Orlando – Florida Travel Guide, Tourism, Vacation
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If there was ever a city dedicated to enjoyment, then Orlando is it. Even the most cursory drive through the city will tell you one thing: there is no disguising the fact Orlando is a city built on theme parks. Lots of them. Strange to think that until 1966, though, there was precious little here in central Florida. A few roadside attractions aside, it was one man, Walt Disney, who really changed the scenery here. No matter which way you slice it, growth has spiralled thanks to a huge influx of tourists that followed the arrival of Walt Disney World Resort.
Almost all of Florida's cities and resorts are based around its long coastline, naturally capitalising on the beaches or swampland national parks that attract so many international visitors. Orlando is the only real exception, a strange, idiosyncratic place in the middle of the Floridian wasteland, and coincidentally one of the most famous resort towns in the world.
There are conflicting legends as to how the city of Orlando came by its name, from heroic soldiers to local cattle ranchers to a nod to Shakespeare. Whatever the case may be, some 47 million tourists a year come to see the place for themselves.
From the original Magic Kingdom, which opened in 1971, the colossal Disney empire has added three more theme parks, two water parks and a host of associated developments, including hotels, shops and golf courses to make it a true 'World' resort.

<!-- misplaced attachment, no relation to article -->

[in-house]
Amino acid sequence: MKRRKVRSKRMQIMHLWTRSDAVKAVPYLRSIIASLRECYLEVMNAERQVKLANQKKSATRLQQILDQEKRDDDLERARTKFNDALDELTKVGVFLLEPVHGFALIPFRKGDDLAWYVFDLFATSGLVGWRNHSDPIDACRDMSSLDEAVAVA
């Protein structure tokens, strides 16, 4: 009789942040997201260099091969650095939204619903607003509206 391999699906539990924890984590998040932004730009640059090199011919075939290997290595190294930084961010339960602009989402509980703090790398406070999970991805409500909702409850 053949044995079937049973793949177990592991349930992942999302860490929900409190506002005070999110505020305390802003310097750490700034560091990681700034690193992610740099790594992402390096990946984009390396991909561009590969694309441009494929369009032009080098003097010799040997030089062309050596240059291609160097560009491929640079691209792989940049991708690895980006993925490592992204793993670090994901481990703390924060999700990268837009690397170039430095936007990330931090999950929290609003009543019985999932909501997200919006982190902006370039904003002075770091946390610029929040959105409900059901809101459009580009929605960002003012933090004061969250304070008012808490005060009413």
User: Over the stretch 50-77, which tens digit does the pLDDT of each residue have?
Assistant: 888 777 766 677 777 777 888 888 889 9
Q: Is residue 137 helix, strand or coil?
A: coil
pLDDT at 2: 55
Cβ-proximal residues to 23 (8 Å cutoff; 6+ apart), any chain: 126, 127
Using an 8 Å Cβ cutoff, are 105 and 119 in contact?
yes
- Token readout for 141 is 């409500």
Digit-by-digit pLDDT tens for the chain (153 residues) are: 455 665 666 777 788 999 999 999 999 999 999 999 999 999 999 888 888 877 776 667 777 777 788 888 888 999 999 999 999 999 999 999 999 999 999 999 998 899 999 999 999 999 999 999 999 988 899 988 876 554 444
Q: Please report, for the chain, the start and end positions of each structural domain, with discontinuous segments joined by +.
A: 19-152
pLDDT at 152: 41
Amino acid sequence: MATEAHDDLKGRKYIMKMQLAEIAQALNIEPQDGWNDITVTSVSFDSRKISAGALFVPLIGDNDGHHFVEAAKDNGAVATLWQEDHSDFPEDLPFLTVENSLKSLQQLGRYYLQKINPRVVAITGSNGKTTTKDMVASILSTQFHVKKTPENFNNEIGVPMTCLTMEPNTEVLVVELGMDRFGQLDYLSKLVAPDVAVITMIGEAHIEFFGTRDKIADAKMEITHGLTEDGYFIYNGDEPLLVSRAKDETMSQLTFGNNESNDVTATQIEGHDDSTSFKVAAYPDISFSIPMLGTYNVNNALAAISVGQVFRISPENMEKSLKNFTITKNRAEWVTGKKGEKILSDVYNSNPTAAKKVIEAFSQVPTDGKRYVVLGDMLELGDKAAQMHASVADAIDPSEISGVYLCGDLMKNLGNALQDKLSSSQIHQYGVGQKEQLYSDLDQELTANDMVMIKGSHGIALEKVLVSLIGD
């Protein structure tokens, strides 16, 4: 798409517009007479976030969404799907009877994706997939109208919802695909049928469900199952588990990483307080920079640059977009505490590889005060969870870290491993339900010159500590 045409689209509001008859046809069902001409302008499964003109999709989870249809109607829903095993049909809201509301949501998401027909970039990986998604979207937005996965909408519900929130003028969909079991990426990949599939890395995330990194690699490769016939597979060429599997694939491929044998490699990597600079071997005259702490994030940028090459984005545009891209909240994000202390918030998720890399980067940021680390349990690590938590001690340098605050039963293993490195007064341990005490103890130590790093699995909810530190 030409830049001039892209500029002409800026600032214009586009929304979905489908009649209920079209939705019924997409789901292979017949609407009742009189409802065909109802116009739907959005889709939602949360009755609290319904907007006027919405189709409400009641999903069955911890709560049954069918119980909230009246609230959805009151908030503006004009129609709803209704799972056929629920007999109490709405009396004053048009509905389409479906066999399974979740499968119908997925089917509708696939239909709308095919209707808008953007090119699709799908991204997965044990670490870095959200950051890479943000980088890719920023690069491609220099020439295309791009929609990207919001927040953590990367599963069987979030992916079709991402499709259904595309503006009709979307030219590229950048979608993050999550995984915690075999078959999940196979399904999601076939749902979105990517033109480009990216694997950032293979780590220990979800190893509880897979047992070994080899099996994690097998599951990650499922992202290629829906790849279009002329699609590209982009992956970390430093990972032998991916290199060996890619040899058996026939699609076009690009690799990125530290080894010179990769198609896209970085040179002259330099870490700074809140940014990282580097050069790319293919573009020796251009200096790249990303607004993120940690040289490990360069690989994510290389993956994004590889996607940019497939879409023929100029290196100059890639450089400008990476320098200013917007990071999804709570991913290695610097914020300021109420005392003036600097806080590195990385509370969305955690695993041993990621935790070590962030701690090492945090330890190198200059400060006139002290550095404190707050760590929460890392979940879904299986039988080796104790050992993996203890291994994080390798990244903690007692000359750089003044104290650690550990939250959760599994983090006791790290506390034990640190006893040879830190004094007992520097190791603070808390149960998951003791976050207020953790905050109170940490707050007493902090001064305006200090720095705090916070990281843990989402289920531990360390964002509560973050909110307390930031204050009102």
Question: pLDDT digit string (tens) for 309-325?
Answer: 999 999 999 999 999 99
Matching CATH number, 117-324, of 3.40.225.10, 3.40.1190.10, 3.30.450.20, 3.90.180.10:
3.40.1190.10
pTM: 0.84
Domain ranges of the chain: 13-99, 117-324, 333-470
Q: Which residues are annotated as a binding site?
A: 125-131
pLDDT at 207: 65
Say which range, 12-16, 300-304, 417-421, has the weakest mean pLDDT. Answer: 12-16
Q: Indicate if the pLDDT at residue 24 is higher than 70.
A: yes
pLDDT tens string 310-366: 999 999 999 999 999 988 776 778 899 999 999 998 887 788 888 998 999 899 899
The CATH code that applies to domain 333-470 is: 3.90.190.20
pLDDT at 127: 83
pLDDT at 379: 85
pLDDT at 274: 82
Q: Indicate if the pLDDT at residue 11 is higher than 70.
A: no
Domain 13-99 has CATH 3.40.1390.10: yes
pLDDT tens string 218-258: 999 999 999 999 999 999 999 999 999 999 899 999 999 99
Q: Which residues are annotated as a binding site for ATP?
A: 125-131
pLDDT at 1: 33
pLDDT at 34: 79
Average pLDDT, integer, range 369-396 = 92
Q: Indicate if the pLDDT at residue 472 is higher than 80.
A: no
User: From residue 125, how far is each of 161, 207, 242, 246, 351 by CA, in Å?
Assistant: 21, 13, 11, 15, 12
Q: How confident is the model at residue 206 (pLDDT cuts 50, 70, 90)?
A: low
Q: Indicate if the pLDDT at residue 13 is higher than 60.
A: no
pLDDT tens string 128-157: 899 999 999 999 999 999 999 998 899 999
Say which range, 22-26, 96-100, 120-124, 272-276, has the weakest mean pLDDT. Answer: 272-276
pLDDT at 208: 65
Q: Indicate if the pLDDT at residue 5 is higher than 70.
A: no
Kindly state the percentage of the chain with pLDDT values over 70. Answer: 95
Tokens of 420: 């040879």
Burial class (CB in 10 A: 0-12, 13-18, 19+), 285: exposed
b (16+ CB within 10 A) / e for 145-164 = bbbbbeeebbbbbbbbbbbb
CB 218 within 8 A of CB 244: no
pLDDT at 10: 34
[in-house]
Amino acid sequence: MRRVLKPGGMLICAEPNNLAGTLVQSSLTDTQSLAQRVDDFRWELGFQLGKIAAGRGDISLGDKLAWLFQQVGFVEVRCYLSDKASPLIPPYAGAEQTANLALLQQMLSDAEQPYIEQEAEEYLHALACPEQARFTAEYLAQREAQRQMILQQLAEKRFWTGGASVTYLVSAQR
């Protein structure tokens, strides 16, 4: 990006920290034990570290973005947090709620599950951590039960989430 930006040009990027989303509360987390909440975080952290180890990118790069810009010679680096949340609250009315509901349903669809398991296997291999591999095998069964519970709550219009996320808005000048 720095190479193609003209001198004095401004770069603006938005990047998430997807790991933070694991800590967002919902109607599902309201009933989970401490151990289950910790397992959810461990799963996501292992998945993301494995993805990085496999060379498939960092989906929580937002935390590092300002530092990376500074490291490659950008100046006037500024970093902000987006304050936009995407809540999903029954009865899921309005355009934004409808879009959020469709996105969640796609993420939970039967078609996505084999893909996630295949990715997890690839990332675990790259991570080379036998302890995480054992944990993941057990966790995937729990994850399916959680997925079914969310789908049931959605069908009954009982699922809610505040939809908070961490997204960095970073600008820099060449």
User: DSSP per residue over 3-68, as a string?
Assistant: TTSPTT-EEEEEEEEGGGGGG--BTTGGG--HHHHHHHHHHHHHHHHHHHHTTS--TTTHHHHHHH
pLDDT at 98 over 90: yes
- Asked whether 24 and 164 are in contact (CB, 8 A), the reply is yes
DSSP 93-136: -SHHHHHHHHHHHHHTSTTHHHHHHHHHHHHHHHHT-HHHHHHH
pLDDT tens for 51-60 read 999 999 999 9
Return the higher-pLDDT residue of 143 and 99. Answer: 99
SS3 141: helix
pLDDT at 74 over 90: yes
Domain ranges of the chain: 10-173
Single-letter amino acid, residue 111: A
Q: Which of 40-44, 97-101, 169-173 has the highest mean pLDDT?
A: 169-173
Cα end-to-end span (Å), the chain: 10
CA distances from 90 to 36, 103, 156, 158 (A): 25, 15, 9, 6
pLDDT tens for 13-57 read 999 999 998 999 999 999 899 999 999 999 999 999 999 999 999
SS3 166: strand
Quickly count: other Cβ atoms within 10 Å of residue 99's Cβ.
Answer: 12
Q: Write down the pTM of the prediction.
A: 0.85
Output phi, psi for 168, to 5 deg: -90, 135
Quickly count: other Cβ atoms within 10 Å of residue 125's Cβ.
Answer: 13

With Disney setting the example, SeaWorld (three theme parks) and Universal (two) have added to Orlando's reputation as the family entertainment capital of the world. Between them, they draw nearly 50 million visitors every year, and that has meant a huge growth in associated hotels, restaurants and shops, plus a host of smaller-scale attractions.
However, this young city has also developed its own identity that stretches beyond the wearing of plastic mouse ears and thrill rides. There are a significant number of high-tech industries relocating here, and the downtown area is fast developing yuppie overtones. There are even ambitious plans to become a major cultural centre. Orlando is also the USA's number two convention location; the attraction for incentive activities for competing sales teams is no mystery.
There has been a stab at giving the city some historic context with the promotion of 'Old Orlando', which is part of Downtown, encompassing Orange Avenue and Garland Avenue. There's also a historic district around Lake Eola, with brick streets lined with old oak trees. Some of the homes here may have been originally built by the wealthy citrus traders of the late 19th century.
Having said that, the main attraction for 99% of visitors remains the theme parks, together with the likes of the nearby Kennedy Space Center. There are also some charming, retro-looking former roadside attractions such as Gatorland that have survived as lucrative sidelines to the more high-tech main attractions. And, in order to attract the all-important repeat visitors, Orlando has become adept at re-inventing itself and providing new attractions at regular intervals.
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